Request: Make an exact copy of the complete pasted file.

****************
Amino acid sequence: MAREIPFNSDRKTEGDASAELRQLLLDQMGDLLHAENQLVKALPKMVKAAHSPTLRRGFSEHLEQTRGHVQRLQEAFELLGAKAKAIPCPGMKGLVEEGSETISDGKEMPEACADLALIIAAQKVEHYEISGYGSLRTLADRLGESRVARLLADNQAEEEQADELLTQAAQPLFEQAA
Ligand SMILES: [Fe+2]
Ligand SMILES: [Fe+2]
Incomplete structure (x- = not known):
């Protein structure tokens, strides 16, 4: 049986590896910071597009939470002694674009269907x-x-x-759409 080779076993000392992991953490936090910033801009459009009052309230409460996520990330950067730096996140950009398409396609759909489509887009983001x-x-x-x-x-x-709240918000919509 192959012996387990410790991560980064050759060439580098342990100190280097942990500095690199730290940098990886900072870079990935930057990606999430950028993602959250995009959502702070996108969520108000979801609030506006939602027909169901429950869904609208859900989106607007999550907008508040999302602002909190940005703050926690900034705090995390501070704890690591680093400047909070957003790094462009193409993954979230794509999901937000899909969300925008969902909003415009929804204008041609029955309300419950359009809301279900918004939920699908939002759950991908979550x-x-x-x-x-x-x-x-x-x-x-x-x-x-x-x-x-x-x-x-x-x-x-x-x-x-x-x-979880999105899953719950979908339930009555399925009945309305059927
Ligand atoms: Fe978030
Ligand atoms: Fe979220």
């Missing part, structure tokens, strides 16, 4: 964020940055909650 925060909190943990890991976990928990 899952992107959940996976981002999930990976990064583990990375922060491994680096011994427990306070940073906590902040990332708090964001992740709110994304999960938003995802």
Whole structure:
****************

Amino acid sequence: MAREIPFNSDRKTEGDASAELRQLLLDQMGDLLHAENQLVKALPKMVKAAHSPTLRRGFSEHLEQTRGHVQRLQEAFELLGAKAKAIPCPGMKGLVEEGSETISDGKEMPEACADLALIIAAQKVEHYEISGYGSLRTLADRLGESRVARLLADNQAEEEQADELLTQAAQPLFEQAA
Ligand SMILES: [Fe+2]
Ligand SMILES: [Fe+2]
Incomplete structure (x- = not known):
């Protein structure tokens, strides 16, 4: 049986590896910071597009939470002694674009269907x-x-x-759409 080779076993000392992991953490936090910033801009459009009052309230409460996520990330950067730096996140950009398409396609759909489509887009983001x-x-x-x-x-x-709240918000919509 192959012996387990410790991560980064050759060439580098342990100190280097942990500095690199730290940098990886900072870079990935930057990606999430950028993602959250995009959502702070996108969520108000979801609030506006939602027909169901429950869904609208859900989106607007999550907008508040999302602002909190940005703050926690900034705090995390501070704890690591680093400047909070957003790094462009193409993954979230794509999901937000899909969300925008969902909003415009929804204008041609029955309300419950359009809301279900918004939920699908939002759950991908979550x-x-x-x-x-x-x-x-x-x-x-x-x-x-x-x-x-x-x-x-x-x-x-x-x-x-x-x-979880999105899953719950979908339930009555399925009945309305059927
Ligand atoms: Fe978030
Ligand atoms: Fe979220």
């Missing part, structure tokens, strides 16, 4: 964020940055909650 925060909190943990890991976990928990 899952992107959940996976981002999930990976990064583990990375922060491994680096011994427990306070940073906590902040990332708090964001992740709110994304999960938003995802």
Whole structure: